06/19/2018, Picking the right Gravity bike
Canyon Gravity: Darren Berrecloth's Take
Enduro, downhill and freeride: What's best for you? Claw helps us out!
Gravity mountain biking is in a nebulous place right now, because the concept of a “gravity” bike can mean any number of things. Some riders, laden down with a full-face helmet, goggles and tons of padding, are hacking turns and sending big jumps, then taking the lift ride back to the top to get in another epic run. Others among us are pinning on a number for an Enduro event, racing to the bottom—then pedaling back up the hill. In short, gravity pulls at us in different ways. How we get down the mountain becomes more varied—and more awesome—than ever.
That means your perfect gravity ride can vary. The bike flying across gaps at the bike park is very different than the one tearing across an enduro course.
Lucky for you, Canyon covers all the bases, with a bike for any gravity application you would want.
So which bike is right for you? We queried none other than downhill and freeride legend Darren Berrecloth. Hailing from the Pacific Northwest, the Canadian has ridden it all, and has a keen sense of how each gravity bike in the Canyon range is special.
SENDER: Just Send It!!
Sender is Berrecloth’s bread and butter, a purpose-built vehicle for downhill, with 200 millimeters of plush front and rear travel. Just how you get down is up to you. For riders that like to pin up a number and bomb from Point A to Point B as fast as possible, Sender is a pure DH race machine.
But it’s also an ace bikepark ride, ready for chairlift runs, clearing features with ease.. Want more out of it? It's also a killer backcountry rig, begging to be flicked, whipped, carved and sent across gaps.. And that’s where Berrecloth put Sender to his prolific use. “It’s the best DH platform out there, able to hang in on the best big mountain terrain this planet has to offer,” Berrecloth says.
It’s an incredibly tunable ride as well, with Berrecloth setting up his Sender one way for big descents, and another for big jumps. “I’m always changing the way I can ride it," he says. "You can pull the rear end back, lengthen it out and keep up on long downhill runs. Then I’ll switch it and run the rear-end forward for more snap on jumps.”
TORQUE: The All-Everything Bikepark Ride
“Man, Torque is just a fun ride.”
It was a succinct, but very apt description Berrecloth had for a bike that does so much. Torque was brought back into the Canyon line after demand for a bikepark ride; a long-travel downhill rig capable of being pedaled back up the run. With 175mm of rear travel and 180mm up front, it has great big-hit capabilities and is confident handling at speed. Flick the rear shock’s compression lever, and it’s got plenty of support through the suspension, making it fully capable of climbing back up the hill.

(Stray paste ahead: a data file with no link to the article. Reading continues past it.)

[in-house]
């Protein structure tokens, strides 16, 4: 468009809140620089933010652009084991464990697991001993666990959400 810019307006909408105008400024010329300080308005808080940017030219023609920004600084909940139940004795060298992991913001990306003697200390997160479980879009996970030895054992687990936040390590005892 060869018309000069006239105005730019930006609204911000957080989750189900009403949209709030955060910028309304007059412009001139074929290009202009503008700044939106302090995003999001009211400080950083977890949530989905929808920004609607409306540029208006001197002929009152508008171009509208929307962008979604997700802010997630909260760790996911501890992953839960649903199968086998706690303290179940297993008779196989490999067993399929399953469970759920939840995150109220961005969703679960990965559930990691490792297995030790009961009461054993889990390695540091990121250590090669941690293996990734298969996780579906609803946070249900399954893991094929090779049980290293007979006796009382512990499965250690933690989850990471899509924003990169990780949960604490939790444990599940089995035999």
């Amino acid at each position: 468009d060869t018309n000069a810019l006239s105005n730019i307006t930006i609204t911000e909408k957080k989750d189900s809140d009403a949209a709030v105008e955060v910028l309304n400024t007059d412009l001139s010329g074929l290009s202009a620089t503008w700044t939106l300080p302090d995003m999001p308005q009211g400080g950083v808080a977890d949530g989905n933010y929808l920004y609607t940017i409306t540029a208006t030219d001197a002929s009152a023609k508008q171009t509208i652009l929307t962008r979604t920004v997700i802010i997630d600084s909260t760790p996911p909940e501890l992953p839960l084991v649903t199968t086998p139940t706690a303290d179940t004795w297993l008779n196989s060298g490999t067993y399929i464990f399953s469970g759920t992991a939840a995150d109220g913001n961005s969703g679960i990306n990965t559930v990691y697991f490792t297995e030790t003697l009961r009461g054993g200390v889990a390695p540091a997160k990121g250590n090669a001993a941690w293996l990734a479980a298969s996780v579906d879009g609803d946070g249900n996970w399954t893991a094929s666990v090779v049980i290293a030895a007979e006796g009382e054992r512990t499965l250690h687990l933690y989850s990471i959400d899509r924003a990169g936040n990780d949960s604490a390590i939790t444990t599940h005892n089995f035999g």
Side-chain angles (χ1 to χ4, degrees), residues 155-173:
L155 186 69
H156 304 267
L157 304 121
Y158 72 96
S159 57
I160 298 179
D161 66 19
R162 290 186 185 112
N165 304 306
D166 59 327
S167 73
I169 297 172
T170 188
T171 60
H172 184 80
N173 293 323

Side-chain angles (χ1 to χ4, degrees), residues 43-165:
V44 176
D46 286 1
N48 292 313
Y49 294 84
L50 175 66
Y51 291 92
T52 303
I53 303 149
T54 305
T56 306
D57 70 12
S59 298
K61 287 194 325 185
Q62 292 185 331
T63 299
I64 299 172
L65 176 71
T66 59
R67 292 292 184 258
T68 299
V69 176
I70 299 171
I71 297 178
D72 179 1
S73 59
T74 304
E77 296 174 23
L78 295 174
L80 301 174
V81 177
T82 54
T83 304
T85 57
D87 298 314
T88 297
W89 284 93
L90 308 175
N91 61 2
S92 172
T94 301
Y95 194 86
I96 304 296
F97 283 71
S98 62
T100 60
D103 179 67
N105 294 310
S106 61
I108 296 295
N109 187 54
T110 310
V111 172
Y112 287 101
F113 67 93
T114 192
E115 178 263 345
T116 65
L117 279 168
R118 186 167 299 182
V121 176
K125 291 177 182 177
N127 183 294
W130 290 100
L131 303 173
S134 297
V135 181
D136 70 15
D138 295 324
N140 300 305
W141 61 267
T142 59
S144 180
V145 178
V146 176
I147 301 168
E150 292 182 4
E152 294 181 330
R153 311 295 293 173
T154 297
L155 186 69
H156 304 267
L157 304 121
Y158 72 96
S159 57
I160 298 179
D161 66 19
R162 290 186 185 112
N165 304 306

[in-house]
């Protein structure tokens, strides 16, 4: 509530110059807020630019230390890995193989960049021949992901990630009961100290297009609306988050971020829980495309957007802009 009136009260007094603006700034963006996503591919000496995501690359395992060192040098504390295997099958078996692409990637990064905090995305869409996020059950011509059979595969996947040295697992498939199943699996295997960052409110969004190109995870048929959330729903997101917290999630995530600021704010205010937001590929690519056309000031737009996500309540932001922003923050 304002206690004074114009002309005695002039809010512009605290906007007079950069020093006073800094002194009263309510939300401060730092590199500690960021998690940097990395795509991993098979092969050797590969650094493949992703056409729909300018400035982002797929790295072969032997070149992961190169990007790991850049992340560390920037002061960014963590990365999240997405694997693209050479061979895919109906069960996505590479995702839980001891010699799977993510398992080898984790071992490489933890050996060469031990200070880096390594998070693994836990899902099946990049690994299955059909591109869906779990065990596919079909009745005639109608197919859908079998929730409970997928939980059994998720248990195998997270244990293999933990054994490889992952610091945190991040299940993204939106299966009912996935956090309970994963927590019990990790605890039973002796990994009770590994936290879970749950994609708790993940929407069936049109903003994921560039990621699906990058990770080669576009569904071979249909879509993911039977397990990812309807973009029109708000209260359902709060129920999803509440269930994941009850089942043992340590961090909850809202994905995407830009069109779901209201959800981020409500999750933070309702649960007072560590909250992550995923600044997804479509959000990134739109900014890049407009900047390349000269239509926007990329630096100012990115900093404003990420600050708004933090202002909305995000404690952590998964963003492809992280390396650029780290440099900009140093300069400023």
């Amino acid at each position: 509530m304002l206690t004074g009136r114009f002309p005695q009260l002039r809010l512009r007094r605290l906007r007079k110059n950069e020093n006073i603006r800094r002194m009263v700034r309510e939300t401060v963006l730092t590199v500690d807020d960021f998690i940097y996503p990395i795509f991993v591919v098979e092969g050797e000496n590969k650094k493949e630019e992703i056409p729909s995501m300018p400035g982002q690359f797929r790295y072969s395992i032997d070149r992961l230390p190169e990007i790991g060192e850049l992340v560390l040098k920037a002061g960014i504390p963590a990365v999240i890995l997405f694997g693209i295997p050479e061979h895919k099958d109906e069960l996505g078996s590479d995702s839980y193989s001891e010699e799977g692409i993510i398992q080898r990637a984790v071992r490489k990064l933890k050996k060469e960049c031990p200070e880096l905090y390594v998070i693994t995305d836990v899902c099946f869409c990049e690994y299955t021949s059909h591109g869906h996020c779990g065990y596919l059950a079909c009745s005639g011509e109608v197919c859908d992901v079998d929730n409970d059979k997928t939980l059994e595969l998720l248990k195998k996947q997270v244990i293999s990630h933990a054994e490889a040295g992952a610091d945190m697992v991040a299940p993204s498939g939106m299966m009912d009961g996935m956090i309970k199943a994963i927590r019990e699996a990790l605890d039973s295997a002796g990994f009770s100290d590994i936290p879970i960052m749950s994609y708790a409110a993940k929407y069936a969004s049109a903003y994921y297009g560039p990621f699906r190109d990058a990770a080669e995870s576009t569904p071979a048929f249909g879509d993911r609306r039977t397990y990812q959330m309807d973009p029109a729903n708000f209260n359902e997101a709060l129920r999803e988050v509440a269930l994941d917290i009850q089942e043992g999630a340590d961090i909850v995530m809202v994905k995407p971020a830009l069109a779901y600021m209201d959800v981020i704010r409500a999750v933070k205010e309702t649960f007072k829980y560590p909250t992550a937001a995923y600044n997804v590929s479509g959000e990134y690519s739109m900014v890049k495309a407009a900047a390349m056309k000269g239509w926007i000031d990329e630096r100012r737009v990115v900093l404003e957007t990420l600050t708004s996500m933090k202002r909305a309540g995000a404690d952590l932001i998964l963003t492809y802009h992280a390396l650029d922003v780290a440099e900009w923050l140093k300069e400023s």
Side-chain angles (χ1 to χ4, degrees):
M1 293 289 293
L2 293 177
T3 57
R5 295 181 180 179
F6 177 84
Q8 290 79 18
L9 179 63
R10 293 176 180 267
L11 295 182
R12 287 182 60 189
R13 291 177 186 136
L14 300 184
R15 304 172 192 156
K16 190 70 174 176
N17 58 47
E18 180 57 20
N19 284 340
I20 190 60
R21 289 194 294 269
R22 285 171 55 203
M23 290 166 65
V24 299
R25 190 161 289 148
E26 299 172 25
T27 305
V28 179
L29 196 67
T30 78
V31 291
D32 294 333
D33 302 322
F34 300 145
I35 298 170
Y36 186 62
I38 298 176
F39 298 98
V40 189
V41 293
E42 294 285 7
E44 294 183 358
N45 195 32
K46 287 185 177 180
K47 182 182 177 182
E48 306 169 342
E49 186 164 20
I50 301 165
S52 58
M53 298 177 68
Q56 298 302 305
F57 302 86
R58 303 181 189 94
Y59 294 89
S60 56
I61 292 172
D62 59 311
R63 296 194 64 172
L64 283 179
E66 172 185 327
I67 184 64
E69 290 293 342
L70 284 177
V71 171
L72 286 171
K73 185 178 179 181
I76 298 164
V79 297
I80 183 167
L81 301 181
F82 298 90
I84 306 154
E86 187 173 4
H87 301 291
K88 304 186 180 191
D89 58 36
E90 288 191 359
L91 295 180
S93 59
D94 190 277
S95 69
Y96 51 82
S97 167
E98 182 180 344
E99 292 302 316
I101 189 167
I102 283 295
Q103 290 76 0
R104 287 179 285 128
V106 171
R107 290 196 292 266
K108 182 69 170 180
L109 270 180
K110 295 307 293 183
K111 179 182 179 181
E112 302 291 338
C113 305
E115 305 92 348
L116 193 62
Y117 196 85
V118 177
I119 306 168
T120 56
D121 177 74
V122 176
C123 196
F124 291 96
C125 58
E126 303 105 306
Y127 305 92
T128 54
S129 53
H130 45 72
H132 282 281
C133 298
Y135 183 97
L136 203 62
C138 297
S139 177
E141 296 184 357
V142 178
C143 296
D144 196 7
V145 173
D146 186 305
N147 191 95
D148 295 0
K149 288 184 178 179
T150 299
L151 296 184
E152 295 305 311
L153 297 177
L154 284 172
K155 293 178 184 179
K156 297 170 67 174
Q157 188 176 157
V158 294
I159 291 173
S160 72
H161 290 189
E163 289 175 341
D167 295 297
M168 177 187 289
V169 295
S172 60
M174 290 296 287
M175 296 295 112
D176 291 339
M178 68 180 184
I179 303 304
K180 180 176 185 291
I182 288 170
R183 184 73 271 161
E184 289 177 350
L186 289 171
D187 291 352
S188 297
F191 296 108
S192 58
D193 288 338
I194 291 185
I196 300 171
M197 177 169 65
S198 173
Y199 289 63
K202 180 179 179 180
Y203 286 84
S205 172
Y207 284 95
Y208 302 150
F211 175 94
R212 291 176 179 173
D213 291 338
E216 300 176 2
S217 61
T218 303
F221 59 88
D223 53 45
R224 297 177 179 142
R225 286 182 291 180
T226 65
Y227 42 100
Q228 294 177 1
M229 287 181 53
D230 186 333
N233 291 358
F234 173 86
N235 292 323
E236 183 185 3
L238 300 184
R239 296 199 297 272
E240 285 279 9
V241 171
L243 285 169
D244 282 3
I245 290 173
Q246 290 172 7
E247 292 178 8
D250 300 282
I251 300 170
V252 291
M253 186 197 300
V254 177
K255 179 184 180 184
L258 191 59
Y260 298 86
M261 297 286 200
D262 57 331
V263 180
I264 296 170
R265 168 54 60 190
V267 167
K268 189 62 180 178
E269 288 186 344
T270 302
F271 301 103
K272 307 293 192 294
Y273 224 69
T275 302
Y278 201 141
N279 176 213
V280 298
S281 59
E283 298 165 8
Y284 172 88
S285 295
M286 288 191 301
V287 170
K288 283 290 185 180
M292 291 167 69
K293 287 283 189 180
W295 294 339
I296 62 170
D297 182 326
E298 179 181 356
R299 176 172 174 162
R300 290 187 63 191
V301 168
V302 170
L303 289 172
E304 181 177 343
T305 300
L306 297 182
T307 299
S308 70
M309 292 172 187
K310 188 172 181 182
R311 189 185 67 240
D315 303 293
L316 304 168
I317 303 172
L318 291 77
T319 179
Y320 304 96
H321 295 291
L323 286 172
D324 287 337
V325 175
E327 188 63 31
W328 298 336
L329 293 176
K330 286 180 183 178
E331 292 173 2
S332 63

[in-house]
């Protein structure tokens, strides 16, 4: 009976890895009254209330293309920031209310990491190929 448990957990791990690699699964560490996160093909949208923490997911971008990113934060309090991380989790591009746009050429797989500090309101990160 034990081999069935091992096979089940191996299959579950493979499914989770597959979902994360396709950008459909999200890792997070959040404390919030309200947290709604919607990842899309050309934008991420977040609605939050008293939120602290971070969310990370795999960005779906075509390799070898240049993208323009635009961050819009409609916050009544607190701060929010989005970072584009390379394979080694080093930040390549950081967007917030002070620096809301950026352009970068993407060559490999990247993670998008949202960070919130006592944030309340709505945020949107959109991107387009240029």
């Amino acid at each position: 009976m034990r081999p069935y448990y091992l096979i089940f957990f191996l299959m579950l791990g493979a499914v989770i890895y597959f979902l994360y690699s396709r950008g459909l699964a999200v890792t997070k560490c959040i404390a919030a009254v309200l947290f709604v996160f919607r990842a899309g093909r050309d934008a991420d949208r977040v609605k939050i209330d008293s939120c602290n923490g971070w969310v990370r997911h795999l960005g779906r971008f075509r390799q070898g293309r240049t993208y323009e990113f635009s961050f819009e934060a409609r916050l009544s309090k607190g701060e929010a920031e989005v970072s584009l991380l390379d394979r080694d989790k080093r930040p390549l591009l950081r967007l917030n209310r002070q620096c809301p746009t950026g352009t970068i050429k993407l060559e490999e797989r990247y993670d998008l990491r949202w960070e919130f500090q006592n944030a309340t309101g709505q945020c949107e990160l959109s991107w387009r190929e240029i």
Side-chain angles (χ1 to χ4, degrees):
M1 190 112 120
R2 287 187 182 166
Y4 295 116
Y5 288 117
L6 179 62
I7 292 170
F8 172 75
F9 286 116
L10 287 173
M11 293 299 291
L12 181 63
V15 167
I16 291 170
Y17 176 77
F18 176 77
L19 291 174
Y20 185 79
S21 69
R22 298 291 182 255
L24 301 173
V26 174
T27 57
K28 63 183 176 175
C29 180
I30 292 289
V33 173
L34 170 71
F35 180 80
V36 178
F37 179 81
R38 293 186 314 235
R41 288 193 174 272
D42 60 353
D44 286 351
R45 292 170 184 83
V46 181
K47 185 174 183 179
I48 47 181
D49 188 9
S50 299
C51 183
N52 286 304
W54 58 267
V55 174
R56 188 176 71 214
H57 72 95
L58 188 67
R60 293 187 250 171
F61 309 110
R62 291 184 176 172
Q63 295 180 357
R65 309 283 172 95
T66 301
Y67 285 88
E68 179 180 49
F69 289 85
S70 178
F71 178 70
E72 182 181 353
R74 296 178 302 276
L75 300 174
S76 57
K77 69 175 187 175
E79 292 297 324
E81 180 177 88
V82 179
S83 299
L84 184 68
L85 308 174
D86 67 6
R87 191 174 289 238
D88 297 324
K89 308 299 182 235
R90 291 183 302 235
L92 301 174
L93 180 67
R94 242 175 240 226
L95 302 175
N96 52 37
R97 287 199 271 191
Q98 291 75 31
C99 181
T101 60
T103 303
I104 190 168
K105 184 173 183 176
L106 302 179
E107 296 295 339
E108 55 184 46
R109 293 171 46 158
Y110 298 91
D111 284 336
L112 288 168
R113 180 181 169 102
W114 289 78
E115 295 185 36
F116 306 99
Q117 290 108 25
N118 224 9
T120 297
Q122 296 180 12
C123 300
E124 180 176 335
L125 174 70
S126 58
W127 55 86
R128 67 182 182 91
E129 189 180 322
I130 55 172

For that reason, Berrecloth finds he’s on Torque a lot at home.
“It’s freeride and downhill oriented, but it’s completely capable of everything you need,” Berrecloth says. “You can build it lightweight and have a bike that almost rides like and enduro bike, or you can build it a bit heavier to be able to handle any descent making it a capable downhill machine… and it’s still not bad on weight, enough that you can pedal it back up the mountain. I love it. For serious all mountain, freeride or DH-type folks, it’s the sickest whip.”
STRIVE: Two Bikes in One
Our Strive is easy to pigeonhole as our enduro specialist, with 160mm of travel. And the results with our Canyon Factory Racing Team has proven it the best in category, with the team currently leading the Enduro World Series team points category. But it’s so much more.
“Strive is really two bikes in one,” Berrecloth says. “with the flick of a switch, you can have a bike that’s similar to the Torque, with tons of downhill capability."
That “flick-of-the-switch” statement refers to the Strive’s gamechanging signature feature, the Shapeshifter. Engage the Shapeshifter lever on the handlebar, and move from a slack-angled, plush downhill racer to a stiffer, more upright cross-country geometry. Climbing becomes more efficient, and thus you climb faster—with less effort. That means more energy and speed for the next segment.
“It’s so versatile,” Berrecloth says. “ you can almost go weight weenie on it and make it capable for cross-country racing. It’s just that good.”
In short, how you like to descend a mountain is up to you. Hack, send, race or climb, Berrecloth has it pegged: Canyon’s gravity range has you totally covered. But there's always one place to start: just point it down.